Village School
photo: Kelso

 

Tinder into flames Summer Camp photo: Angella Gibbons

Tinder into flames
Summer Camp
photo: Angella Gibbons

 

Copper Engraving 10th Anniversary Celebration photo: Delia Gillen

Copper Engraving
10th Anniversary Celebration
photo: Delia Gillen

 

Ash basket making 10th year Anniversary Celebration photo: Deiia Gillen

Ash basket making
10th year Anniversary Celebration
photo: Delia Gillen

 

Village School photo: Kelso

Village School
photo: Kelso

 

Elder Jane sharing how to harvest Goldthread medicine photo: Angella Gibbons

Elder Jane sharing how to harvest Goldthread medicine
photo: Angella Gibbons

 

10th Anniversary Circle photo: Jane English

10th Anniversary Circle
photo: Jane English

 

The following five photos show the Village School ritual Drum-stalk in which three groups are blindfolded, led to a distance and make their way blindfolded, individually and silently, to a drum-beater who is stationary in an undisclosed location.

Village School DrumStalk photo: Kelso

Village School
Drum-Stalk
photo: Kelso

 

Drum-stock photo: Kelso

Village School Drum-stalk before drumming starts
photo: Kelso

 

Drum-stock returnees photo: Kelso

Drum-stalk returnees & drummer
photo: Kelso

 

Drum-stock drummer photo: Kelso

Drum-stalk drummer
photo: Kelso

 

Village School last day 2015 photo: Kelso

Village School last day 2015
photo: Kelso

 

Village School jump photo: Eve Bernhard

Village School jump                          photo: Eve Bernhard

 

 

Grade AAA Golden Bodacious

 

As I approach the Fitch-Robert sugar-house, steam rolling out the vents; earth, wood, water, fire, metal and humans are working in concert and I hear gentle conversation coming from within. I bid greetings to Judy and Bernard and am glad for a warm welcome from them and the arch (fire-box) on a crisp sunny day. Sugaring demands steady concentration, and at times quick action, so I try to stay out of the way, as they watch carefully, making fine-tuning adjustments as the refinement from sap to syrup evolves. Bernard and Judy’s sense of humor is infectious and we talk and joke, always with half an eyeball on the pans, and frequent checks of the specific gravity.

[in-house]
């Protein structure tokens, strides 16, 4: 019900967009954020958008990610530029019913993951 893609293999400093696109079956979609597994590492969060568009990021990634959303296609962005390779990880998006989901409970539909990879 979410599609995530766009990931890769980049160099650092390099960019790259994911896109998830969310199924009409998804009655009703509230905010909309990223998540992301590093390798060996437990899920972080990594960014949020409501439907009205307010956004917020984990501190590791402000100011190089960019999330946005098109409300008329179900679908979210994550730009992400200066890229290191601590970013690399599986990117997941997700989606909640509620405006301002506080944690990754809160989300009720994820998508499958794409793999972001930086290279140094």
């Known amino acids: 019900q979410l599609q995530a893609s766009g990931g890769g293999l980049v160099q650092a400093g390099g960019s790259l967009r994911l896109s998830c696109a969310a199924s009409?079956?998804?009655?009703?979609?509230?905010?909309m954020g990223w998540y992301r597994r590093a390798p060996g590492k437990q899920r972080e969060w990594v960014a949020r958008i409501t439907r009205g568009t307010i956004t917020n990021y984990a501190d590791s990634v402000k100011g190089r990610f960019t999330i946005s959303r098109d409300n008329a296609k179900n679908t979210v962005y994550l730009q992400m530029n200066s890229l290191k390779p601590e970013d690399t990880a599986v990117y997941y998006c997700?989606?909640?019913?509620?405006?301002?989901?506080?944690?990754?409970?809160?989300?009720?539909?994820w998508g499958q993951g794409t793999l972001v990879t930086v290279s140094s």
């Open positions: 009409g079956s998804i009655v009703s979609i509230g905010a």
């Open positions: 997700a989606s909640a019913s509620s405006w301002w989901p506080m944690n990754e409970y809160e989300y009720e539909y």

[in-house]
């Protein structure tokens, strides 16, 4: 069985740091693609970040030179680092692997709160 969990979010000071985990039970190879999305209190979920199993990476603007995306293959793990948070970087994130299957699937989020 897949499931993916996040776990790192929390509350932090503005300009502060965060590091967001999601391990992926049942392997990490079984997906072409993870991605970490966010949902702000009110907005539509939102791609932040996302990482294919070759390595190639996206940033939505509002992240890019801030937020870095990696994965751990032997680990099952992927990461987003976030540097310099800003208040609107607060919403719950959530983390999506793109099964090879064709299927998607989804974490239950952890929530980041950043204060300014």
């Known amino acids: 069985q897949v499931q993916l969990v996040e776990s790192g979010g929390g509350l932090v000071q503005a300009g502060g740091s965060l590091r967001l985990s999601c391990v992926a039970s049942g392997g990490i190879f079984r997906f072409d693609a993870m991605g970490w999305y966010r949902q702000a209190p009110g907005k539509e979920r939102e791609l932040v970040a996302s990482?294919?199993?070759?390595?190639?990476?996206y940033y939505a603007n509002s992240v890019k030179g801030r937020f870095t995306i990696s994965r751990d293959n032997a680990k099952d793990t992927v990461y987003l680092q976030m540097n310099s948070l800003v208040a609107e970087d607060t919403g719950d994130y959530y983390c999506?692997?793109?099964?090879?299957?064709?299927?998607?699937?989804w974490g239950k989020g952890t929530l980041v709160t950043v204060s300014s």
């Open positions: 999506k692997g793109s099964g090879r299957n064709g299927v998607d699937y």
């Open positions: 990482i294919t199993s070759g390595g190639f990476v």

Fitch Sugar House

Fitch-Robert Sugar House

 

steam

 

Later, in a less demanding moment, we sit while the arch murmurs peacefully with a constant exhalation of steam, punctuated by engaging or comic stories from Stan.

Stanley and guest

Stanley and guest Jean

Sheeting is an indicator of syrup

Sheeting is an indicator of syrup

Specific Gravity is another

Specific Gravity is another

ahhh..draw-off

ahhh..draw-off

Color-check for grading

Color-check for grading

The local sap gathering ended about a week ago for the Fitches, as temperatures reluctantly refused to go below freezing, shutting off the sap flow, at least for bucket collecting practicality. Alternating freezing nights with above freezing days is a key element to sap flow. It was a short season, getting a late start, as winter hung on by its frosty claws. The sugar season endures for a year in the gallons of ambery bliss stored in our cellar and tippled out until next March.

Sweet!

Sweet!

There are a few hold-outs, in our locale, to the old-timey bucket and gather method of collecting the sap, with straightforward boiling hardware. The Fitches have have done this going back to 1907.

Liam

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Teamwork

Teamwork with Liam and Bernard

buckets

I happened to chance by one day when wood was being moved into the sugar house. A line of family and friends formed and Renée, Liam and Luca found that moving smallish chunks through the air added a flair of excitement to the rhythm.

Can you spot the two sticks in mid-air?

Can you spot the two sticks in mid-air?


The modern Maple way involves kilometers of unsightly tubing, reverse-osmosis gizmos, vacuum equipage and all manner of hands-off efficiencies. Far be it from me to critique any sugarers’ means of livelihood in these lean times but for shear earthy pleasure (at least from this dilettante’s perspective) I’ll take the home-spun way that has served the Fitch-Robert family for a century.

Which would you prefer?

The old ways.... (Stanley in foreground)

The old ways….
(Stanley in foreground, about 1952)

Eyesore

Eyesore, remaining all year long.

 

 

These Days Will Come….

’nuff said…

 

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Don’t miss the second critter

 

 

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Red Maple

 

 

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All Creatures Parade: Hubbard Park

 

 

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Bloodroot

 

 

 

Maidenhair Fern Babies

Maidenhair Fern Babies

 

 

Biophilia

Biophilia

Frozen Genius Redux

I wrote this post one year ago:  Frozen Genius

The only thing that I would add this year is what an unpredictable and at times challenging winter it’s been so far. The first two photos below are from mid-December’s ice and frozen- clinging-snow storm resulting in huge power losses but incomparable beauty over five or six days.

The other photos are from years past. My other challenge so far was a bout of allergy to our Christmas (Solstice) tree, a Balsam Fir, which subsequently morphed into a wicked head/chest cold. I guess I just wasn’t giving it enough respect. I shall henceforth try harder…..

 

Frozen Genius

Frozen Genius

 

Ice Palace

Ice Palace

 

Balsam Fir

Balsam Fir

 

Rime

Rime

 

Hubbard Park

Hubbard Park

 

Reaching

Reaching

Ice Troll

Ice Troll